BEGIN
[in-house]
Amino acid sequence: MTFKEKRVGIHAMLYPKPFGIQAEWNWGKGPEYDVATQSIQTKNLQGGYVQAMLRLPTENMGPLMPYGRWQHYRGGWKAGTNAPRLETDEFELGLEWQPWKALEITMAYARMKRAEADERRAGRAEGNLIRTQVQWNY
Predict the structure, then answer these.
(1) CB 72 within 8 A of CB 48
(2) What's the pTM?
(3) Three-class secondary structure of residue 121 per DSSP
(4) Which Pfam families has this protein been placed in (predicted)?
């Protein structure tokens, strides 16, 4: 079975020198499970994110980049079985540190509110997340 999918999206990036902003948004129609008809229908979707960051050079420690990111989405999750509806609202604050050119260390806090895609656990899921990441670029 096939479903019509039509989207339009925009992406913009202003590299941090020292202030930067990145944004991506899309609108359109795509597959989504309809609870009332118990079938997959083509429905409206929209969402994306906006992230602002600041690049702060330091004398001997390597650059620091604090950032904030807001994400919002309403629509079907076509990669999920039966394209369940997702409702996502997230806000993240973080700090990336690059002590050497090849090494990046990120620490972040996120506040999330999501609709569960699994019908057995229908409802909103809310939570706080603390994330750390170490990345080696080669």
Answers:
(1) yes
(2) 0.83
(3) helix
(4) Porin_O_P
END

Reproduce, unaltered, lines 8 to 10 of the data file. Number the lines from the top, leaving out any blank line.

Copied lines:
């Protein structure tokens, strides 16, 4: 079975020198499970994110980049079985540190509110997340 999918999206990036902003948004129609008809229908979707960051050079420690990111989405999750509806609202604050050119260390806090895609656990899921990441670029 096939479903019509039509989207339009925009992406913009202003590299941090020292202030930067990145944004991506899309609108359109795509597959989504309809609870009332118990079938997959083509429905409206929209969402994306906006992230602002600041690049702060330091004398001997390597650059620091604090950032904030807001994400919002309403629509079907076509990669999920039966394209369940997702409702996502997230806000993240973080700090990336690059002590050497090849090494990046990120620490972040996120506040999330999501609709569960699994019908057995229908409802909103809310939570706080603390994330750390170490990345080696080669």
Answers:
(1) yes